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I am working on 32 bit linux and i understand 2038 problem https://en.wikipedia.org/wiki/Year_2038_problem

Anyhow , when i try to use date command to set time beyond 03:14:07 UTC on 19 January 2038 and when my system's time zone is set to UTC it works as expected and time_t overflows only after 03:14:07 UTC on 19 January 2038.

But when i keep my time zone to JST-9 , i get weird results even before i set the time to beyong 19th jan 2038 .

see below console outputs

root@X:/# date -s "2038-01-11 03:14:00"
Mon Jan 11 03:14:00 JST 2038
root@X:/# date -s "2038-01-12 03:14:00"
Tue Jan 12 03:14:00 JST 2038
root@X:/# date -s "2038-01-13 03:14:00"
Tue Jan 12 09:14:00 JST 2038
root@X:/# date -s "2038-01-14 03:14:00"
Wed Jan 13 09:14:00 JST 2038
root@X:/# date -s "2038-01-15 03:14:00"
Thu Jan 14 09:14:00 JST 2038
root@X:/# date -s "2038-01-17 03:14:00"
Sat Jan 16 09:14:00 JST 2038

If you see i can set time correctly only till 2038-01-12 03:14:00 and beyond that ie from 2038-01-13 03:14:00, the time in JST is always set to 18 hours earlier .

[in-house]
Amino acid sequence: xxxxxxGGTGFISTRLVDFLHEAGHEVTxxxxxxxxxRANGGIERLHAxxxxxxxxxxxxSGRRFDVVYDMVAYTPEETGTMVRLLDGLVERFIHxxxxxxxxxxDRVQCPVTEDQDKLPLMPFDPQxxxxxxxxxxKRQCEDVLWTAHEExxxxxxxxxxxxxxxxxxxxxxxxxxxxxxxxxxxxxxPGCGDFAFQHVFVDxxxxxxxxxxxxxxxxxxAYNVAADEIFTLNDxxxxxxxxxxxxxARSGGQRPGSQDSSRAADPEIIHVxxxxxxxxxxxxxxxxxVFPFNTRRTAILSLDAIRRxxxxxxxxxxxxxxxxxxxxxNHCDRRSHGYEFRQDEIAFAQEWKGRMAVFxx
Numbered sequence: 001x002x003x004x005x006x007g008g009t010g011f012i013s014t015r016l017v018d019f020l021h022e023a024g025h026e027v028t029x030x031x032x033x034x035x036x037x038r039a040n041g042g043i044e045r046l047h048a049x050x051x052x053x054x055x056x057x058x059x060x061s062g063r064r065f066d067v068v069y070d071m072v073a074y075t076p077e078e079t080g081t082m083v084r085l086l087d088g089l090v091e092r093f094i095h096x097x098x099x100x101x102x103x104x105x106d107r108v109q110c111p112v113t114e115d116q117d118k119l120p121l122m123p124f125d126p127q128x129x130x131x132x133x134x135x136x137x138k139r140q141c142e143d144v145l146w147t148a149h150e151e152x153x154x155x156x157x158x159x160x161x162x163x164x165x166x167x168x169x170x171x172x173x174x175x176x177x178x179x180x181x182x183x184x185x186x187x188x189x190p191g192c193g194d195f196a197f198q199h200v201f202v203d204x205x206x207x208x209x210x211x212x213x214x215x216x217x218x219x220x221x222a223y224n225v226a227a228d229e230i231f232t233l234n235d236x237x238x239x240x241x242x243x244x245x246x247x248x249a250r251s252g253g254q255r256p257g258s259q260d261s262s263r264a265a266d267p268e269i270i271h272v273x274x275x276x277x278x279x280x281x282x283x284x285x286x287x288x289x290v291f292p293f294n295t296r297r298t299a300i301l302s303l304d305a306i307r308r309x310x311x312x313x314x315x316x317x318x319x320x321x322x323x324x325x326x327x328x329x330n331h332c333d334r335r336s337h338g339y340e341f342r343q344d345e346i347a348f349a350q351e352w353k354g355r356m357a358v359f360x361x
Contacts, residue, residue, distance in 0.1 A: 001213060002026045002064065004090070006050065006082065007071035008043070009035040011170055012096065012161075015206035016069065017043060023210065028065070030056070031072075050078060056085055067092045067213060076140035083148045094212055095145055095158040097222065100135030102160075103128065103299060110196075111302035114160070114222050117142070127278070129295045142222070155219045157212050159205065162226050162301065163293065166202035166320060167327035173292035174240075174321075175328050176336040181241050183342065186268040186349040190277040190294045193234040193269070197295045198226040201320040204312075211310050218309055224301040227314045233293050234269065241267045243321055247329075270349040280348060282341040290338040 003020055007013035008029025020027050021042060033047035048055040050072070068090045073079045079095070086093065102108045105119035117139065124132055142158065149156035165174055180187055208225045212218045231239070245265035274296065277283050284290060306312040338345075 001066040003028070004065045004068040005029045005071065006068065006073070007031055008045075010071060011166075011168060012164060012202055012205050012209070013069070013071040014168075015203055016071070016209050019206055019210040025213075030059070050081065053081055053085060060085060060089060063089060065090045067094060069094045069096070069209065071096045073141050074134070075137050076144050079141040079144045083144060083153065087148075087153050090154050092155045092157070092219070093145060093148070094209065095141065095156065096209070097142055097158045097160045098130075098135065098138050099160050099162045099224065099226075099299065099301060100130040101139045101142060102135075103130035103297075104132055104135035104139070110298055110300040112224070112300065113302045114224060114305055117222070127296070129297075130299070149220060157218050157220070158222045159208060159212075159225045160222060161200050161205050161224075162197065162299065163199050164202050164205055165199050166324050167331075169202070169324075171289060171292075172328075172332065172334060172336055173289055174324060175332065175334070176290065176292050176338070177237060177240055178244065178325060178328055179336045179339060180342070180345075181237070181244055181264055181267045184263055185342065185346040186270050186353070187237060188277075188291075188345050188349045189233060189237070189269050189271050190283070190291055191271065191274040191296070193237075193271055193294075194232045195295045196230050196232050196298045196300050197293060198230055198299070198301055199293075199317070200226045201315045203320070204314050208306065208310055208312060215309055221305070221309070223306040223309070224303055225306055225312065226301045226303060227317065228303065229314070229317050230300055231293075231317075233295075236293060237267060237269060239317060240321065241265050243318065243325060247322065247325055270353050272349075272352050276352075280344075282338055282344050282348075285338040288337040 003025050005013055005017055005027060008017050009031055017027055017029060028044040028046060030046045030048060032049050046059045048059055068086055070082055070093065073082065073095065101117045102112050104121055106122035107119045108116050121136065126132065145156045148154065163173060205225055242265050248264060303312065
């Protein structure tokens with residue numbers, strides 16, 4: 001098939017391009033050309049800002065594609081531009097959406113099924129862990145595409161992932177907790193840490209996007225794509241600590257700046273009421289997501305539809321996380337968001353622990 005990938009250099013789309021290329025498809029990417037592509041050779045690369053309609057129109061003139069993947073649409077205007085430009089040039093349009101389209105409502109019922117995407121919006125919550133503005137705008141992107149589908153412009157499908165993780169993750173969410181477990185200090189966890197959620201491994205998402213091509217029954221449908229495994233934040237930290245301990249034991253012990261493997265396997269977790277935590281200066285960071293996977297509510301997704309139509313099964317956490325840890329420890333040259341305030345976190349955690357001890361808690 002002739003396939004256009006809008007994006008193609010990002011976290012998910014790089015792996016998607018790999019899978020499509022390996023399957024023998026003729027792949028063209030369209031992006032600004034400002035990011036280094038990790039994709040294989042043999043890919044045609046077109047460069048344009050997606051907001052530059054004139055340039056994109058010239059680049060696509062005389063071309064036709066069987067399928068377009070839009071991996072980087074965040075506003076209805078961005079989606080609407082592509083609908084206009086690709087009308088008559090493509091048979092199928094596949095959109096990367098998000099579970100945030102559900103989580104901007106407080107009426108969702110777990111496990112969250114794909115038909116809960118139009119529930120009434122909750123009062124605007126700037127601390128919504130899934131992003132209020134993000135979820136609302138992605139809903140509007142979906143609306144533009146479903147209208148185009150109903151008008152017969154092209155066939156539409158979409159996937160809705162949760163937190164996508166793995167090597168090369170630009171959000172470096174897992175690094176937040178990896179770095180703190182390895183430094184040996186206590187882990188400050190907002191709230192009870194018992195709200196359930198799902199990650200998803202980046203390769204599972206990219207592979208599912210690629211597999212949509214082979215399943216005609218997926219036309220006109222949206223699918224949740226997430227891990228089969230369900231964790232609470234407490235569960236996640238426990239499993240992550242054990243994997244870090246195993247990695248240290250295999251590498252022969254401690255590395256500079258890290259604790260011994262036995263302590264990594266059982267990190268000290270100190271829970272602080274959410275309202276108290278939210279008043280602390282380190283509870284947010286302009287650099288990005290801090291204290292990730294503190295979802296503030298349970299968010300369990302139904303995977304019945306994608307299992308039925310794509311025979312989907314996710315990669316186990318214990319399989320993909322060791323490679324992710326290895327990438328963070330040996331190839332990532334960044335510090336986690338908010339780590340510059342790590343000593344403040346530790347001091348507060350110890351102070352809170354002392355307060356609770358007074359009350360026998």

root@:/# date -s "2038-01-13 03:14:00"
Tue Jan 12 09:14:00 JST 2038

Why is that, any ideas. Anyhow, i am running on kernel 3.18.36 on 32 bit embedded board .

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  • You are experimenting with a vendor specific extension (-s) that could be buggy. So what exactly is your intention with these tests? – schily Jan 10 at 8:22
  • isn't from man page of date command says "-s, --set=STRING set time described by STRING" anyways, intention is simple to see how system will behave when we close to 2038 .Offcource this means to see the self life of the product which we build on 32 bit systems. – sroy Jan 10 at 8:47
  • This is a non-standard usage that is specific to your vendor. Also note that you of course must not overflow the internal variables. I recommend to use date -u mmddHHMM[cc]yy] which is the official way to use and -u grants no extra overflow potential than the one you already have with 32 bits. – schily Jan 10 at 10:22

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